Wednesday, October 16, 2013

A Few Thoughts on Azerbaijan's Presidential Election

As expected, President Ilham Aliyev was awarded a third term in office after Azerbaijan's Central Electoral Commission announced his convincing victory (officially garnering 84.55% of the vote). The OSCE issued a strong statement challenging the democratic qualities of the process which the CEC deemed an "insult." Delegations from the CIS, Pakistan, and others indicated that the process was democratic. PACE statements came under scrutiny, especially on Twitter and among bloggers, with Rebecca Vincent's excellent Al Jazeera post noting the differences in professional credentials between OSCE and PACE delegations. Several other bloggers, including Arzu Geybullayeva and Katy Pearce and Farid Guliyev at the Monkey Cage, provided valuable accounts of the election process and its implications. A PR firm even weighed in at the Monkey Cage to express concerns about the lack of attention directed to Azerbaijan's "progress" in its elections.

In this post, I return to a few questions that I posed on election eve and provide a preliminary assessment of the data. OSCE reports, which tend to be based on the most thorough data collection efforts among international observation organizations,* suggest that fraud was evidenced among officials in the election apparatus, and also among citizens via vote buying and other forms of improper voting.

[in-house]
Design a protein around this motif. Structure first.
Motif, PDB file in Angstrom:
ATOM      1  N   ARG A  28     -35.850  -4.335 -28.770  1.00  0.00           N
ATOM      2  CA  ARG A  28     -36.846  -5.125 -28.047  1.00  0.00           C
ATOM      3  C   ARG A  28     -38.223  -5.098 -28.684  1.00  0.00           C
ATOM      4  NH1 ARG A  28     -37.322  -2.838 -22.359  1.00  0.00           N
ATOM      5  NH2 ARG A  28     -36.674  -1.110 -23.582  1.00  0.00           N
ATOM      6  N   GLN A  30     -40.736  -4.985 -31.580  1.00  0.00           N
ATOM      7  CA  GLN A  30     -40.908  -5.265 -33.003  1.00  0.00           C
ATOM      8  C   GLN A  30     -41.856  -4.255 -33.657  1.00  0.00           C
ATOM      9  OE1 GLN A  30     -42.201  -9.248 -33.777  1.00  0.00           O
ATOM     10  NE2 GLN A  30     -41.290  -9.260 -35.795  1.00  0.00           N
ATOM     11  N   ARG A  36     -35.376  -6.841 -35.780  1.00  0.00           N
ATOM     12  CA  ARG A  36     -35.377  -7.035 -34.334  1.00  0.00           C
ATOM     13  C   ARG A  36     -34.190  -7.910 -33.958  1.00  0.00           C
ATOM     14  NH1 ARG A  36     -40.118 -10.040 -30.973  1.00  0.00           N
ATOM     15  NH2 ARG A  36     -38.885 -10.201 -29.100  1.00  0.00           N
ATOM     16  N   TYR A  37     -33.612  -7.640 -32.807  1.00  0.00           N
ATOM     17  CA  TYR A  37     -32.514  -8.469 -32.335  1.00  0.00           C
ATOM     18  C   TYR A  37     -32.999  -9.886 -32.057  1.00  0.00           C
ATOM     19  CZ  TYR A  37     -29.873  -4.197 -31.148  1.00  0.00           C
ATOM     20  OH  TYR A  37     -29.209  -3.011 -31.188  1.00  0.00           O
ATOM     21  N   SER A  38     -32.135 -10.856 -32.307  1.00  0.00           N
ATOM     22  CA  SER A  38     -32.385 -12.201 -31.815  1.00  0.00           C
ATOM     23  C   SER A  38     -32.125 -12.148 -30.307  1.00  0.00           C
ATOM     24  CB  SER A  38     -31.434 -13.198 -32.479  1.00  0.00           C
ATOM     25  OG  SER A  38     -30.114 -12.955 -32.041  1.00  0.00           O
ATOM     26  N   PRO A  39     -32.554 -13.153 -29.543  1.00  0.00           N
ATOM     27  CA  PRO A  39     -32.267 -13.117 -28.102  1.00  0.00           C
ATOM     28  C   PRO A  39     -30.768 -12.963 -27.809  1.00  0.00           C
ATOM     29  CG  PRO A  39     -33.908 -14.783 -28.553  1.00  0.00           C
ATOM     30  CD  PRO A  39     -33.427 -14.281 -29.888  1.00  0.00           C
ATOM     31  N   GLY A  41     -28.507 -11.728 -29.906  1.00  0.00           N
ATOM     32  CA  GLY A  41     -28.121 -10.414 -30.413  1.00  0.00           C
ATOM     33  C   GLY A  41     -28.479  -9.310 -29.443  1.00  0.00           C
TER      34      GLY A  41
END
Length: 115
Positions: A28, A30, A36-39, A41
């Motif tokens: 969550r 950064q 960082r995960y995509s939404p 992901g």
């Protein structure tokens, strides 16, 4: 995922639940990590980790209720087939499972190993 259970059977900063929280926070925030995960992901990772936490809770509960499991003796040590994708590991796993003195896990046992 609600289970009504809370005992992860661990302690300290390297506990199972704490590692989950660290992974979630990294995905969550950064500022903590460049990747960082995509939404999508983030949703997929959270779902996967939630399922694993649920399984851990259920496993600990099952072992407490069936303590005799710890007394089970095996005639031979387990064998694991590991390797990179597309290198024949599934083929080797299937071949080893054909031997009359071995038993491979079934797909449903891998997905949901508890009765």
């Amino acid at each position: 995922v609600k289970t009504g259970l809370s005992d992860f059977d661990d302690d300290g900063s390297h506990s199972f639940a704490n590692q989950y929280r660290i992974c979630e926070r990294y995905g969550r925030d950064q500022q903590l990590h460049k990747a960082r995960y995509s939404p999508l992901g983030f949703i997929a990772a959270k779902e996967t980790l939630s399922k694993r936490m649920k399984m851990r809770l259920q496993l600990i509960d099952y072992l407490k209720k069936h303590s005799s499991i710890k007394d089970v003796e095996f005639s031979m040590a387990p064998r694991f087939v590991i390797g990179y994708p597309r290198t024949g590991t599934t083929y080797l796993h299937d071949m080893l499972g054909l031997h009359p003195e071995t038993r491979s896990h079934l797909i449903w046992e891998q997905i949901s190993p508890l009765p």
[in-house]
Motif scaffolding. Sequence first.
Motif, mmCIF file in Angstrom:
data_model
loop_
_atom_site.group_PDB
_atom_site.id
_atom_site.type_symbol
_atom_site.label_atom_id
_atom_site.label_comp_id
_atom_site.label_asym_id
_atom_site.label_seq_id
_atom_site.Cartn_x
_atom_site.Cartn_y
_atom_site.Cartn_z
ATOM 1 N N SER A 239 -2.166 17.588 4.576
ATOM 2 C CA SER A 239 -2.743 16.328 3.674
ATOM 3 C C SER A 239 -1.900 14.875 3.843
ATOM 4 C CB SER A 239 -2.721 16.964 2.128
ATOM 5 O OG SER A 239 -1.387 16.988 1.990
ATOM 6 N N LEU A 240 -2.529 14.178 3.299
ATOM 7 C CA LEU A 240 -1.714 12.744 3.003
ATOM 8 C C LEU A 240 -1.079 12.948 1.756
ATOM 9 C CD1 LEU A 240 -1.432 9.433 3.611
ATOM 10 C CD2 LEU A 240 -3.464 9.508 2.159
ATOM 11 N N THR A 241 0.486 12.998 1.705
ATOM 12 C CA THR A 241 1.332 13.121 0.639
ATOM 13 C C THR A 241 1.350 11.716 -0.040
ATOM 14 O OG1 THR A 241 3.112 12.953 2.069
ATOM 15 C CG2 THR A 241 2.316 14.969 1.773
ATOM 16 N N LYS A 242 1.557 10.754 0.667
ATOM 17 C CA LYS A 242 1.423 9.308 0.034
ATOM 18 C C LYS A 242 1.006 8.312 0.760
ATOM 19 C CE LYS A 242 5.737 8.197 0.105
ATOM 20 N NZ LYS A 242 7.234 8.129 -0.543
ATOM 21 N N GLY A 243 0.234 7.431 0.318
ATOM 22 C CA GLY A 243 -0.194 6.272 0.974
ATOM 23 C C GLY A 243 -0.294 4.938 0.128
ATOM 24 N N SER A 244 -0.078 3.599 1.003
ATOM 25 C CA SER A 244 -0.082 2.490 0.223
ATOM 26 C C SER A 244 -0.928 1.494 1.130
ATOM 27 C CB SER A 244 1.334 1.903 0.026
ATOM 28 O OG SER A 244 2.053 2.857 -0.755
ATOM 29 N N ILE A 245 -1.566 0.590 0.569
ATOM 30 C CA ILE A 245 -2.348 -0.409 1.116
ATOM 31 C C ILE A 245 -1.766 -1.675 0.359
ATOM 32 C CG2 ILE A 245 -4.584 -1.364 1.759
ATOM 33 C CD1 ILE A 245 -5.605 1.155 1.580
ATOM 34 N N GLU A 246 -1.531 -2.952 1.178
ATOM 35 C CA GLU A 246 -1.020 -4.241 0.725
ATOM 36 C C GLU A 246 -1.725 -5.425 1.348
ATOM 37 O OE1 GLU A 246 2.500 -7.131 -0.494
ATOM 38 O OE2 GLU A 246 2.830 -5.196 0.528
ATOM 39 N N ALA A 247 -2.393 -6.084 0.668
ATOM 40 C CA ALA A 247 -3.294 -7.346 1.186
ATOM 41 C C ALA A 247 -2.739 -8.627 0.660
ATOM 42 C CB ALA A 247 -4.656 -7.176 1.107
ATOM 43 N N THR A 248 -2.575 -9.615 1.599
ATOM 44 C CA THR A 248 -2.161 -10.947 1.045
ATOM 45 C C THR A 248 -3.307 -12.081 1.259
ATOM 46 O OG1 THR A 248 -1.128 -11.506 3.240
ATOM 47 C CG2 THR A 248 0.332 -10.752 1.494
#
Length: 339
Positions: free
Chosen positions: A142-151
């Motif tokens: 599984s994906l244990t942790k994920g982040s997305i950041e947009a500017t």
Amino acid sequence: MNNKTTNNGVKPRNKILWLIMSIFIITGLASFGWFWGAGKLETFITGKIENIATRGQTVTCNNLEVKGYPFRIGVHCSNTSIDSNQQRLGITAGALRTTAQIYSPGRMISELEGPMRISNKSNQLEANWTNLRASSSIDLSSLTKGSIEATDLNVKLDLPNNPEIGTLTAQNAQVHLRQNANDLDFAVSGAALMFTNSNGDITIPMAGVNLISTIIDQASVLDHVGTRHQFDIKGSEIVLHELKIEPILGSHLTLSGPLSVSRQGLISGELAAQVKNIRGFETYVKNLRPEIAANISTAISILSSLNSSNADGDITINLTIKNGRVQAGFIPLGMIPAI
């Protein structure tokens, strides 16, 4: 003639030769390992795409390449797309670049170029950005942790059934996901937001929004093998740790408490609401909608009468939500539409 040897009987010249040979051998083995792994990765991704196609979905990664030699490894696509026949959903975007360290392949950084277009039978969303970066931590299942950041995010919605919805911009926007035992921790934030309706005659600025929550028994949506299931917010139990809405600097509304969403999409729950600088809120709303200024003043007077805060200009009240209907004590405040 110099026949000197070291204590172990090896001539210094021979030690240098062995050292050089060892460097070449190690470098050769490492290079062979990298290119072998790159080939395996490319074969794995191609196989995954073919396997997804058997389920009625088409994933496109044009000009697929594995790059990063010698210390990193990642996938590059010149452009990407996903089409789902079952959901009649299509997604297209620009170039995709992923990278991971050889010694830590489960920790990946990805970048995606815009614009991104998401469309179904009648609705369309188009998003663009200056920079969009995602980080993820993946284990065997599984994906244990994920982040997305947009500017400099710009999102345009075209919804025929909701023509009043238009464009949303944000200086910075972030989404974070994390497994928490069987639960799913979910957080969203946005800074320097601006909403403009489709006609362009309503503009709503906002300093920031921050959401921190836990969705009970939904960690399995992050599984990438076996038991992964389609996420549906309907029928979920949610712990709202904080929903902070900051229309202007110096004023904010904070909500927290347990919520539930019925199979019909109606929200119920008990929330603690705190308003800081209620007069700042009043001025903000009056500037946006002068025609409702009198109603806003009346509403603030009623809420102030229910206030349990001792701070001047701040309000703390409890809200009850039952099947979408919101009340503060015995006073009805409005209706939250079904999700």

Turnout not only provides a sense of citizen participation, but can also provide some evidence of malfeasance. If ballot boxes are being stuffed, or voters are being directed in "carousels", turnout will be inflated. The official turnout at the national level was 72.31%, according to the CEC. The average turnout at the polling station level was 74.4%. Of the 5,492 polling stations, 68 (1.2%)  reported 100% turnout and 177 (3.2%) reported 95% or higher turnout. These results are consistent with the 2008 presidential elections.

Turnout Across Election Day Reporting Periods, CEC Data

The figure above shows the distribution of turnout across all polling stations at each reporting period on election day. At 10:00 a.m. and at noon, the distributions are bimodal, with the major mode centered around 20% and 40%, and minor modes around ten percentage points lower. As the day progresses, the distributions smooth out. The most interesting transformation is between 5:00 pm and the close of the polling stations at 7:00 p.m. The mean at closing is slightly higher than at 5:00 pm, but variance increases and a "hump" appears close to 100%. Could all of these changes happen naturally? Many of them could, especially if voters continued to come to the polls throughout the day. My cursory scan of webcams in the late afternoon showed little activity, but I was not able to systematically assess traffic. In principle, voters could have continued coming to the polls, altering the distribution and generating polling stations with near perfect attendance. But, the "hump" near 100% is suspicious as the tail should be much smaller.